Tuesday, December 29, 2009
"To Manoug, To Vosdanig, To Arshille"
I know why you did it
If I had been in your position
Would there have been any other choice?
But the tragedy
Is that the one who took your love
Never deserved it
And the ones who truly loved you
Could not show you in time
To mitigate your despair.
You were forced into a world
To which you brought light
Worlds, existences, boundaries
Straddled, smeared, transcended, lost;
Eyes unable to comprehend your ebullience
Preferring to vex you with stubbornness
Rather than embrace the simple joys you pined to share.
Circumstantial shadows eclipsed the sun.
We love you.
Monday, December 28, 2009
by Raffi Wartanian
I had joined a spinning class to train for a triathlon in July that was a fundraiser for cancer research. The weather was just about to warm, but not warm enough for me to do training rides outside.
My housemates Dani and Yanji had left earlier that day to visit Los Angeles. Yanji was a chemical engineer looking for work out west in alternative fuel research. He spent most research hours toying with algae and observing ways to maximize their potential energy. Dani was headed to medical school in the fall which I never understood because all the guy could think about was theoretical physics. He had a severely disturbing attachment complex to Yanji that nobody else seemed to notice except for me, which made me wonder if I sometimes looked to deep into things or if others didn’t look deep enough. They were like a married couple, my housemates, and they had left earlier that day to spend a week in sunny California.
I walked up the steps of to our row house, good old 324 on east 33rd, sandwiched between Guilford and Abell. I unlocked the front door and caught a whiff of the eggshell white I had painted onto the walls last weekend. The original vomit brown color had taken a psychological toll on me and I knew I wouldn’t make it to the end of our lease period in May with that color sucking me of my life force every time I sat in that room. Yanji fussed over the change because he’s the kind of scientist who doesn’t readily accept deviations from the status quo, even on the walls of our living room.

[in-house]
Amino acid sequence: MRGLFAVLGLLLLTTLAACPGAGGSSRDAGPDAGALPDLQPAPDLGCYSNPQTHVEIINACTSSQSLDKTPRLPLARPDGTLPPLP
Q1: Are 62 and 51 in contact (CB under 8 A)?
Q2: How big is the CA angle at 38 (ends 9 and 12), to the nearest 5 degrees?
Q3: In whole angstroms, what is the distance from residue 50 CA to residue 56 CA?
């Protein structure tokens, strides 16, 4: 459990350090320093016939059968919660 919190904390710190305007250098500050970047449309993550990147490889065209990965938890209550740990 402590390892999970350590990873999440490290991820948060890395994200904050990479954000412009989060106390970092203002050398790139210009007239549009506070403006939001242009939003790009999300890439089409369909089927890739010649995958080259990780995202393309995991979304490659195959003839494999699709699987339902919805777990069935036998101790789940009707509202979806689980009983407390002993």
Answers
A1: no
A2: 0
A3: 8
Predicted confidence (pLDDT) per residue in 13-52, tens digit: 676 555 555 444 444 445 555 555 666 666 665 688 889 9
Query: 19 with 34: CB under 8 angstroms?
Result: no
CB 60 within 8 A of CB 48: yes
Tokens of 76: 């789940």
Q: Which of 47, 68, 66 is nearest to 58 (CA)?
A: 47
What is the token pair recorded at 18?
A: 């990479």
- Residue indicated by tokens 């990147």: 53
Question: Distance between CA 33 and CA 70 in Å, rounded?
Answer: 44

The alarm went off when I walked in. It always did. Alarm might be a misnomer. We had a security systems sticker on the front door, and a small sensor in the hallway would beep three times whenever the door opened, but there was never an actual alarm that could be set to signal an intrusion. I walked in and parked my bike by the record player. It was hardly an alarm. More of a sensor synchronized to the opening of a door to feign the warning sounds of a security system. I locked the door and raised my neck to unclip the helmet’s fasteners. The straps had been pressing up against my neck a little too tight, but I expected as much since my hair had ballooned after eight months of growth. That was a good helmet. Lasted some 15,000 miles of riding. Tossed my earmuffs and gloves in there. I snooped around the fridge for a bit to consider what I’d throw together for dinner after a hot shower.